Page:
A report from the Chancellor’s Office of Special Investigations (“OSI”) substantiating allegations of sexual misconduct is relevant evidence of probable cause but does not create a rebuttable presumption of probable cause.

In §3020-a proceedings, a mandatory penalty of discharge shall apply to any tenured pedagogue a) found by a hearing officer to have engaged in sexual misconduct, or b) who has pleaded guilty to or been found guilty of criminal charges for such conduct.

  The time limits for all teachers have been greatly expedited, the department can no longer sit a teacher for months or years.

   The delays that allowed teachers to collect salary for years were tacitly condoned by the mayor and the department. The “excuses” of not enough investigators or lawyers or arbitrators were a subterfuge, once the mayor decided to negotiate with the union an agreement was reached that saved the city tens of millions of dollars.

  The hue and cry that teachers convicted of crimes were returned to the classroom is equally without merit.

  If you ask the department how many teachers were accused of incompetence and how many  were convicted and the nature of the penalty you will be rebuffed.

 The answer is an embarrassment: very few teachers are accused of incompetence.

  Principals whine it too difficult and takes too long. Isn’t the job of the principal to monitor instruction, to visit classrooms, to offer support and assistance, to write reviews of lessons? (The reason school reformers are so intent on using test score data is it relieves principals of the responsibility to actually be involved in classroom instruction, a task that eludes too many school leaders).

  One class of teacher discipline cases deals with out-of-school misconduct that is not drug, sex or weapons related. The arbitrator in deciding on a proper penalty takes into account the teachers record, i.e., their evaluations, opinions of supervisors and perhaps parents and former students. The arbitrator decides on the likelihood that the criminal penalty and the penalty assessed by the arbitrator is a sufficient warning to result in the rehabilitation of the teachers. There are forty years of case law to draw upon.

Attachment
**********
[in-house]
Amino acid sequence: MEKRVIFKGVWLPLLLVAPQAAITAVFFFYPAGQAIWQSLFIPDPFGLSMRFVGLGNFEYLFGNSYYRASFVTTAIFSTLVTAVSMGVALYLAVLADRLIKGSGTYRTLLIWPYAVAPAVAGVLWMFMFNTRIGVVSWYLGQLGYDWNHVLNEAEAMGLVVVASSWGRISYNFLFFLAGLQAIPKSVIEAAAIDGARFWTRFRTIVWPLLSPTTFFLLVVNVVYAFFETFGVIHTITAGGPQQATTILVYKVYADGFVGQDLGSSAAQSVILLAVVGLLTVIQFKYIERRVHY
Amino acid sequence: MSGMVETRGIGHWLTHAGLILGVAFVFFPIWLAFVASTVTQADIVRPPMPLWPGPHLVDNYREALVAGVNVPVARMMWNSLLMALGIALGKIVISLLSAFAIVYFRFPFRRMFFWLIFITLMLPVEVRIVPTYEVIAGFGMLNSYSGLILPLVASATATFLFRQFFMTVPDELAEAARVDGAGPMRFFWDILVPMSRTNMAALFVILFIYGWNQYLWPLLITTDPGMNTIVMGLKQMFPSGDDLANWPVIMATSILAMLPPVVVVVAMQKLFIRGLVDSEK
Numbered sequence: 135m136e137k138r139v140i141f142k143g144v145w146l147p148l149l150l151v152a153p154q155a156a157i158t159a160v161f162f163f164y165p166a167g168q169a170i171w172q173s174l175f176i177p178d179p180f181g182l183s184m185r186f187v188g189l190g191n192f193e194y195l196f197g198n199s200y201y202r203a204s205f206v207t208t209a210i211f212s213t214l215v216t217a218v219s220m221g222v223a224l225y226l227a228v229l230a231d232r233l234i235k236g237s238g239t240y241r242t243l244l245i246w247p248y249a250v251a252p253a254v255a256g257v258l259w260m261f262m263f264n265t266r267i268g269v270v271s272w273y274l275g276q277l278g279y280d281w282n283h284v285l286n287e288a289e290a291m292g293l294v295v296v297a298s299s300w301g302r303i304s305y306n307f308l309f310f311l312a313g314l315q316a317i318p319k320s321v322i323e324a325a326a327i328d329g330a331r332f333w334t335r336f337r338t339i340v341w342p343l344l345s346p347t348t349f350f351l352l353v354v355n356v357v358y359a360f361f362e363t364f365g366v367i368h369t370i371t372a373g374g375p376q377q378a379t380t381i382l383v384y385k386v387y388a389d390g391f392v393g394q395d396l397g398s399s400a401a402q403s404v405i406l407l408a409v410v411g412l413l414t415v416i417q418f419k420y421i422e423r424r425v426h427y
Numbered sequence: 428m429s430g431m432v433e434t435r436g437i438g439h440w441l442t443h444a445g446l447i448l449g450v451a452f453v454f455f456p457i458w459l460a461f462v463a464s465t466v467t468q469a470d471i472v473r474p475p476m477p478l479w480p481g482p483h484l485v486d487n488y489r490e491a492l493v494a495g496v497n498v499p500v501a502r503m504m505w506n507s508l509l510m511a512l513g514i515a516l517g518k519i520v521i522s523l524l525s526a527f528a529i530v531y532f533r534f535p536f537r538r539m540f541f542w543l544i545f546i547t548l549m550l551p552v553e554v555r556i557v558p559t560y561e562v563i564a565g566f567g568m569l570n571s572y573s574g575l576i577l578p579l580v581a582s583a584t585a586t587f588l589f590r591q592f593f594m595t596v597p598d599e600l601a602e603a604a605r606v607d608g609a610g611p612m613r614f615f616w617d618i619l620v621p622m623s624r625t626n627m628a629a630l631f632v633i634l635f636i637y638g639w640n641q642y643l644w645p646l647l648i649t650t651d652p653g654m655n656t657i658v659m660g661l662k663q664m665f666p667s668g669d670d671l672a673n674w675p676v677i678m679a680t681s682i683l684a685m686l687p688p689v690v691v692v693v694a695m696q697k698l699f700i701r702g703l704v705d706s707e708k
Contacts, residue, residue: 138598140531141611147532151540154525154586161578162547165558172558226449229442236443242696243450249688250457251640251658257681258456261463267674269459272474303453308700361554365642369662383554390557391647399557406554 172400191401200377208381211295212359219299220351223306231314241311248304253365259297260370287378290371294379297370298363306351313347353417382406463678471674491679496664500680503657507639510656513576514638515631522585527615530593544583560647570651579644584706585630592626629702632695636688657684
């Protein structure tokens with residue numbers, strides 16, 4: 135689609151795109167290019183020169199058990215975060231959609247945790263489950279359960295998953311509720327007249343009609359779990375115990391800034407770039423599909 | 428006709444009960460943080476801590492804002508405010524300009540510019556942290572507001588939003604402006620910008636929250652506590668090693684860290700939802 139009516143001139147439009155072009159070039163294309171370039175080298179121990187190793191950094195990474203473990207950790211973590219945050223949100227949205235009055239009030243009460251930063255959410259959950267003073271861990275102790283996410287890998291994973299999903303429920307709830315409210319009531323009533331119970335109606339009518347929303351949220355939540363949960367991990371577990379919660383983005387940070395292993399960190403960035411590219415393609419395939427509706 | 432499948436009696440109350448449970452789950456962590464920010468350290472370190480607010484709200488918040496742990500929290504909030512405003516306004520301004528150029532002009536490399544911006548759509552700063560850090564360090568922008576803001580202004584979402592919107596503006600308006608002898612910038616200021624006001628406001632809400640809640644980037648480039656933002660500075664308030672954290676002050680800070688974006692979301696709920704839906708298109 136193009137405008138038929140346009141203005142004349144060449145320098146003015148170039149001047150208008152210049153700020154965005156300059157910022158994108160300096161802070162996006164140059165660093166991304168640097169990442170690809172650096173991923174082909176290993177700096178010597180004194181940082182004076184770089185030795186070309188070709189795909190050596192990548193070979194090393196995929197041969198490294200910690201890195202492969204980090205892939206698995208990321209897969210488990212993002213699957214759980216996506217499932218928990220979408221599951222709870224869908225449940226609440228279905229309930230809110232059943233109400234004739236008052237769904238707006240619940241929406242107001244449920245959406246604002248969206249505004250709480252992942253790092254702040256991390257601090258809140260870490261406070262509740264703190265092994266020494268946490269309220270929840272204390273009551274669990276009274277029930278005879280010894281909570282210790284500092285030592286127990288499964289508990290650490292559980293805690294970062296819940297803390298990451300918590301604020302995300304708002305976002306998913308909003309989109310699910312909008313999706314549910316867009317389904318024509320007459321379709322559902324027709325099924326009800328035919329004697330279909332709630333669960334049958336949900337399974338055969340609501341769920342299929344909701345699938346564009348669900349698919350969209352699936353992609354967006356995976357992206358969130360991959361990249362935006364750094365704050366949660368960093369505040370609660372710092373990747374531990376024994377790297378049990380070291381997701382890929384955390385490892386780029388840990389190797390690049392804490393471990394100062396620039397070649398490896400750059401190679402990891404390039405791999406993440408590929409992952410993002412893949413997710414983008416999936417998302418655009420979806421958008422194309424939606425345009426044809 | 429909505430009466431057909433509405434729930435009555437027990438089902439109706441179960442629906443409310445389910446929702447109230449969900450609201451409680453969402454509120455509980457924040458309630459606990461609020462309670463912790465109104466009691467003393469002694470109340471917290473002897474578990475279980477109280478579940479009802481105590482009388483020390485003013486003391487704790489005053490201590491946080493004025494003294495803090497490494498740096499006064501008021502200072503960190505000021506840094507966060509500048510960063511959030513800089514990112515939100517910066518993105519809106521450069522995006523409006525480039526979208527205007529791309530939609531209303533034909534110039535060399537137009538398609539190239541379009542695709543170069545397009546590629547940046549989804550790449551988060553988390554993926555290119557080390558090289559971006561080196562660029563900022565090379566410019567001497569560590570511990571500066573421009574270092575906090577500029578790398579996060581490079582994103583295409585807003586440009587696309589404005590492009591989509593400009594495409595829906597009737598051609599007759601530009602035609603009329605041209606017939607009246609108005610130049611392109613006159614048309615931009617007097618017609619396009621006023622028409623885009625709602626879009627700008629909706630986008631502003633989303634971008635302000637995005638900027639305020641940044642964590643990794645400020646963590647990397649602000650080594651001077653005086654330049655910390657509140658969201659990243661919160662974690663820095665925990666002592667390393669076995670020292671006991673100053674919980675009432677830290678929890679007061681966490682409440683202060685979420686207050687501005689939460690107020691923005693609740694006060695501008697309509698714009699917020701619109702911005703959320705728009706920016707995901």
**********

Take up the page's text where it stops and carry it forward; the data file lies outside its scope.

The legal concept of stare decisis, precedent, impacts the decision of an arbitrator.

  The complaint about the “fairness” of arbitrators is akin to complaining about a jury. Arbitrators are jointly selected by the parties for one-year terms and either party can strike an arbitrator from the list at the end of the year.

  The current teacher discipline procedures, as amended by the contract, are a model that should be adopted as widely as possible. It is quick, protects the rights of the teacher and allows management to save dollars and time.

  So-called school reformers and the Tea Party conservatives hate due process procedures, they force management to actually prove by “preponderance of evidence” the guilt of the accused.

   It is a sad day when supporters of democracy around the world bemoan democracy at home. Justice must be swift and fair.

  The Post would scream, as they should, if any governmental agency impinged upon their First Amendment Freedom of the Press rights, they should not deny the rule of law to teachers.


One response to “Due Process Protects Students and the Rights of Teachers, “Punishing” Teachers to Intimidate Them Is Disgraceful and Only Strengthens Unions

  1. I cannot agree with you more on this article. However, it was not 660 but 744 educators because in the final months April-June of last year principals saw their last chance to get teachers out of their school and off their payroll.